From looking at product design through the eyes of science fiction to searching for the most influential people using your product, topics at this year's SXSW are as varied as usual, and they're almost as thought-provoking as the queso is delicious. (Which is to say, very.)
A couple of main themes to talk about so far, from my perspective as Emma's product manager.
1. Collaboration, innovation & expectations. As we all know, consumer expectations have changed. Not only do we want access to the latest information and support when we encounter problems, but as consumers we also want to be a part of the product itself. To that end, it's important that companies don't create new products in a vacuum. After all, we're creating and building something that we hope will bring value to our customers, so we should get them involved early in the process and let them help shape the final result.
We're also learning that releasing new products or features is just the beginning of the process. New technologies to collect and respond to feedback, paired with iterative development techniques, are giving users a more active voice in how products evolve over time. As product builders, our role is to listen to lots of single voices and ideas, and then synthesize and reshape that information to create innovative solutions that do more than just solve problems – they create value.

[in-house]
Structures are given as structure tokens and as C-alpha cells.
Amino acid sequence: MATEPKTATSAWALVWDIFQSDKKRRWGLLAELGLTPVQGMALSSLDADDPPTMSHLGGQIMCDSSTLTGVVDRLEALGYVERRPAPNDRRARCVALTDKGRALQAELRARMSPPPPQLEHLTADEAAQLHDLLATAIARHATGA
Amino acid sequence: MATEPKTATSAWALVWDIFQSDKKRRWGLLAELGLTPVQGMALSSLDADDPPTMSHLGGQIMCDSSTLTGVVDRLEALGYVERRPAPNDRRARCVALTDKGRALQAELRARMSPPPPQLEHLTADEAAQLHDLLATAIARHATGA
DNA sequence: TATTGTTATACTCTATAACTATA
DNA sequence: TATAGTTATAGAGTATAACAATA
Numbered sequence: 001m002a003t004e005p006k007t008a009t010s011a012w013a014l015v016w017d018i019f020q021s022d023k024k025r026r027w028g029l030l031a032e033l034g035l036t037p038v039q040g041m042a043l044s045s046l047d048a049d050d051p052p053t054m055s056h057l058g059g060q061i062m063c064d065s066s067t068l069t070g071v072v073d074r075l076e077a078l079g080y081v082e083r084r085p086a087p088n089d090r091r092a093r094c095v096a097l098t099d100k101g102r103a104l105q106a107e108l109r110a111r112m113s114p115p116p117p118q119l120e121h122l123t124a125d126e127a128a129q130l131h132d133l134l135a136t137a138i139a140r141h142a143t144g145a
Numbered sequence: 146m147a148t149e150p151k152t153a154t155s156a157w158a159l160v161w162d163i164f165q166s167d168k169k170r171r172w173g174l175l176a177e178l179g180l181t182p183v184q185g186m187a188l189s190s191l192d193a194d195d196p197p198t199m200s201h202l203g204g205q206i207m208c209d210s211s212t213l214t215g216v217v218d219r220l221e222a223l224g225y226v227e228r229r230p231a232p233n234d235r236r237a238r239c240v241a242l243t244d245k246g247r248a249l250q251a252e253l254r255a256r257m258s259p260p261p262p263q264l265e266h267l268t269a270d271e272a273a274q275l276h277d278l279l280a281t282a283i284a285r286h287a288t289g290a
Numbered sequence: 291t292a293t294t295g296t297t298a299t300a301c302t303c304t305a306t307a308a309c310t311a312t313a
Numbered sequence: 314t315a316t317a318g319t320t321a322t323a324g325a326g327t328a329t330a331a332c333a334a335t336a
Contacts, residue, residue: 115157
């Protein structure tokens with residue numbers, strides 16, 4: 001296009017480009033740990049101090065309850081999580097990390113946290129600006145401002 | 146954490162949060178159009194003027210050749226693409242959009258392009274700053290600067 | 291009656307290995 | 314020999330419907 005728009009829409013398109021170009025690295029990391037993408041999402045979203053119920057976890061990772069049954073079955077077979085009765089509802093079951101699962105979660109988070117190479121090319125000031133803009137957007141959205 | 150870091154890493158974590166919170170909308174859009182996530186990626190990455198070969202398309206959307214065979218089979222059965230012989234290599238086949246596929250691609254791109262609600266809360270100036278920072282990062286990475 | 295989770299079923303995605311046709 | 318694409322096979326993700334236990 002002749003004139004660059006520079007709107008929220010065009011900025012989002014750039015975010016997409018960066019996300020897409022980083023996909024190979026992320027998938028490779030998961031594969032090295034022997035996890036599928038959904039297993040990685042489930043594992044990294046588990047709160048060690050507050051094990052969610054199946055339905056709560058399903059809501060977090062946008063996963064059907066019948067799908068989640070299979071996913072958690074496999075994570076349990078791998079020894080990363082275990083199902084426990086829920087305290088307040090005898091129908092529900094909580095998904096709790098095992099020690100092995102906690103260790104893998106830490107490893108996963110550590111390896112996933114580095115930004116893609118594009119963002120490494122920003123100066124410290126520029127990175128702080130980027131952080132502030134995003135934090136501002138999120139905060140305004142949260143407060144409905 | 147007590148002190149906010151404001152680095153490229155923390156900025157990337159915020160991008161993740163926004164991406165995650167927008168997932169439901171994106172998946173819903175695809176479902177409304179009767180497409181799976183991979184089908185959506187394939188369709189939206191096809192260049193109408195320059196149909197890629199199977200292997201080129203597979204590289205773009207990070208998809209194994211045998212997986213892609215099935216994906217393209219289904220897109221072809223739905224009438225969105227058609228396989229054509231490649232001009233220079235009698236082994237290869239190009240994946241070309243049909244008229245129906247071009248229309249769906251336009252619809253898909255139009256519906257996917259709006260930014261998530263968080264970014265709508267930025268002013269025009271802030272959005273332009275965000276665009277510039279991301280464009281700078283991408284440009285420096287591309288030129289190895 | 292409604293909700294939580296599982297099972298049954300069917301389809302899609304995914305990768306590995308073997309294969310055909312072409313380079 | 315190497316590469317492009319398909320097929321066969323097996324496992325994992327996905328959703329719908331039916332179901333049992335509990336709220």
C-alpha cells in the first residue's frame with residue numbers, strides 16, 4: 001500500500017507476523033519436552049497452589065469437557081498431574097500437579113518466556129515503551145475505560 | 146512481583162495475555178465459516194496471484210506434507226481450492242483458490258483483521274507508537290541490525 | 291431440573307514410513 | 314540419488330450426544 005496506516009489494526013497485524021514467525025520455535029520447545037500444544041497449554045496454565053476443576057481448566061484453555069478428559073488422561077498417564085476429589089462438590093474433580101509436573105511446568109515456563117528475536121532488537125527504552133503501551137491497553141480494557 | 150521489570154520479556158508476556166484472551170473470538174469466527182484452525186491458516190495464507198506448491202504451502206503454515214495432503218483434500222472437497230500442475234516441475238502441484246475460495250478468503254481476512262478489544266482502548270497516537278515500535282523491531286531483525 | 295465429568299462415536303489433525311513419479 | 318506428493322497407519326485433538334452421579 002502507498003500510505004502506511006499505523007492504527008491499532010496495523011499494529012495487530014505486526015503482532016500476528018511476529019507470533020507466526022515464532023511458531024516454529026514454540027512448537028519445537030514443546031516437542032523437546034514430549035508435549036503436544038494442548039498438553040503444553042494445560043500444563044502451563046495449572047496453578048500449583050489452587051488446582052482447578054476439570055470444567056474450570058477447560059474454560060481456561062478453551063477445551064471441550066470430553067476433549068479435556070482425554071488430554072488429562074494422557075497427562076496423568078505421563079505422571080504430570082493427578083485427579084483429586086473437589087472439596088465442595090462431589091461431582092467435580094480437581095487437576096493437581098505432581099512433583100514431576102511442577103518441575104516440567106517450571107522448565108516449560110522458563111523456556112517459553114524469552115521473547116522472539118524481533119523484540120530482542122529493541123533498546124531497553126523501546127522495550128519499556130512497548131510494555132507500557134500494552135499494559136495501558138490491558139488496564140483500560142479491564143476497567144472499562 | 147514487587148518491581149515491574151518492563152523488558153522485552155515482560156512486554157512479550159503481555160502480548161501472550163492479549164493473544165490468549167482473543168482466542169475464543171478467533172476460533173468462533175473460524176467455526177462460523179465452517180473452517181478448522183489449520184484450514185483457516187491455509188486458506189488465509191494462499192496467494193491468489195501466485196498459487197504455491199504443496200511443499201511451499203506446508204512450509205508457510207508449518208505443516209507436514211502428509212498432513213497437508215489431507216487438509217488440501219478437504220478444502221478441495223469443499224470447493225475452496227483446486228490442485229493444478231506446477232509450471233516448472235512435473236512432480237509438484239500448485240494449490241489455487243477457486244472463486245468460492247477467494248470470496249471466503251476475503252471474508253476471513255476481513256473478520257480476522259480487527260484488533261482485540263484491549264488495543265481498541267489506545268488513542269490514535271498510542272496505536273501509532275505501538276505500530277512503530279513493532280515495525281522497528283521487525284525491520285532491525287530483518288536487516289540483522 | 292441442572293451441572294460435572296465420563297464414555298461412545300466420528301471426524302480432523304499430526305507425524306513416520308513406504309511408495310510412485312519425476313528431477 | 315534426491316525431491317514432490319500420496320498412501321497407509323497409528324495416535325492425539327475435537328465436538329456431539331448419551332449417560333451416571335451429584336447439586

It's not quite a haiku, but:
Collaboration leads to innovation…
Innovation is shaped through iteration…
Iteration validates the vision…
The vision inspires collaboration.
2. Social space trends: reach & influence. So if reach indicates how wide your network is and influence indicates how much your endorsements matter, it's time to rethink what's actually more important. Reach used to be all the rage, but influence is measurable.
And as for the science fiction, one session about "design fiction" emphasized that story-telling, including science fiction, can do things that science itself cannot. Imagining people in the future keeps ideas focused on how we'll work and play, buy stuff, communicate with friends and coworkers and so on. As the stories of people emerge, the objects and gadgets and interfaces that they'll use start to magically appear right along with them. And sometimes those objects look very different than if the conversation starts by trying to envision the "future version" of the gadgets we use today. People use products, so the more clearly we can visualize how people will change, the more clearly we can aim the technology to support those new stories.
And with that I give you the future of note-taking – maybe.